SPORTS & OUTDOORS

Wintering in Pittsburgh

It may be funny to think of Pittsburgh in the same geographic thought as, say, Miami, but for dark-​eyed juncos, which spend many months to our north, we’re all sand and sunsets.

Nature’s shape shifter

by Ben Moyer
Pennsylvania stands near the center center of an intriguing and complex natural phenomenon. Across the recent span of roughly three decades, coyotes have exploited every available habitat here, from remote woods of the Allegheny National Forest to Pittsburgh’s urban fringe, while carving out a still-​evolving ecological niche. All but unheard-​of…

Dutch Hill Forest

by Thomas Saunders
One of the many beautiful areas in western Pennsylvania for hiking or paddling is the Clarion River. Designated a wild and scenic river, the middle Clarion runs along the southern boundary of the Allegheny National Forest and is bordered by many other protected lands — state park land, state forest, game lands…

The old college try

by Marino Parascenzo
Every year at this time, as college football arrives, I’m reminded of an old movie that pops up on the classic channels now and then — “The Male Animal.” The tale deals with the two principal functions of the American college: education and football. In that order. Usually.

Red-​bellied woodpecker

by David Liebmann
A tree is a house. it’s not just an isolated organism, but also a host to forms of life from mammals to birds to insects to fungi. A tree is one element of a larger ecosystem and simultaneously a microcosm of it. And you can tell a lot about a…

Soaring majesty

by PQ Staff
It’s only recently that bald eagles have been able to call Pittsburgh home. For 200 years, obstacles such as habitat loss, pollution, persecution and pesticides have kept them away, but as the region’s environment improved, so did the chance of bald eagles successfully roosting here once again.

McConnells Mill State Park

by Thomas Saunders
In southwestern PA, it is a challenge to find remote and scenic hikes. But one is only about an hour’s drive north of Pittsburgh, just off of Rt. 422 in eastern Lawrence County, in McConnells Mill State Park.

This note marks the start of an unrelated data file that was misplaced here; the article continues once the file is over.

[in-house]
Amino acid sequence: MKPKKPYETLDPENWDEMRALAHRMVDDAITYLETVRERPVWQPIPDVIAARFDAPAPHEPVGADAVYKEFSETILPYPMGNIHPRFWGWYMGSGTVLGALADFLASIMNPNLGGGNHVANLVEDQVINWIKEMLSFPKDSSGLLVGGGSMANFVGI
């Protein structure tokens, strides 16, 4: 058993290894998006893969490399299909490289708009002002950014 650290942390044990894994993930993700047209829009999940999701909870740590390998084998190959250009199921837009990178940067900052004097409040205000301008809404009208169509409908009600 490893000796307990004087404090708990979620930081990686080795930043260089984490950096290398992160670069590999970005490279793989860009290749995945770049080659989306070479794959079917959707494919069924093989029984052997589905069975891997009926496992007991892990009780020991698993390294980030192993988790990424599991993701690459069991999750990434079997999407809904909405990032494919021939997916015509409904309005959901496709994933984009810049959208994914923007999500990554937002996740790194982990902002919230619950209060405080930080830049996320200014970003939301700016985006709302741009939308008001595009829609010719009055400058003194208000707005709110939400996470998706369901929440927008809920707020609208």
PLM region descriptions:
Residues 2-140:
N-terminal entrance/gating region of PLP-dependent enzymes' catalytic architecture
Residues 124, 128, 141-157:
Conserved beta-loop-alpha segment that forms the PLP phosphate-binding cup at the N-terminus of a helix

The Greatest Sport?

by Marino Parascenzo
As far as I’m concerned, the summer of 2013 was a bust. It was supposed to be the summer of the 17-​year cicada, humming with a biblical infestation of the things. But there wasn’t so much as a chirp or whirr, and not one gawking husk on a fence post.…

The house finch

by David Liebmann
It’s no surprise that a city defined by former immigrant neighborhoods would be the gateway for yet another group of newcomers forced to gain a foothold in unfamiliar terrain. Such is the case with Carpodacus mexicanus — the house finch — which was often called the California linnet and the Hollywood finch before it…

Opening Day, Minus One

by Mike McGarrity
Dunbar creek runs into the Youghiogheny River just north of South Connellsville in Fayette County. Vestiges of the interurban streetcar lines are all over. A massive stone arch that was once part of a bridge crossing the Dunbar Creek valley stands like an ancient Roman aqueduct by the coke oven…

Exploring the Fort Necessity area

by Thomas Saunders
One of the most interesting historical sites in the Laurel Highlands is the Fort Necessity National Battlefield. And a new destination for hiking and exploring in the region is a property currently owned by the Western Pennsylvania Conservancy and about to be added to Forbes State Forest, adjacent to the…

Bring on March Madness

by Marino Parascenzo
The swell thing about working nights for an “ayem” (morning paper) is you can be having your first coffee and catch the early games, still in your jammies. And with that, you’re on your way to the greatest show on Earth: Opening Day of a three-​week national fixation: the Big…

The wood duck

by David Liebmann
Changing habitat has complex consequences for birds. Some species prefer deep, old growth forests. Others thrive around patchwork clearcuts. Some require grasslands to breed, while others reproduce in swampy bottomlands. Some of our notorious losses — the ivory-​billed woodpecker and Carolina parakeet — needed relatively narrow bands of Southern wetland so much that when…

Taking full flight

by Philip Anselmo
Pittsburgh’s once-​endangered National Aviary wrapped up 2013 as the most successful year in its 60-​year history and capped a dramatic six-​year expansion. With record visitors and record numbers of new birds joining its collection (many living two to three times their life expectancy), the North Side institution has come a…

French Creek Watershed

by Thomas Saunders
When we in Pittsburgh look out on the Allegheny River, it can remind us that the water flowing past has its origins in some faraway places worth visiting and exploring. One of these is the broad valley of the west branch of French Creek in Erie County.
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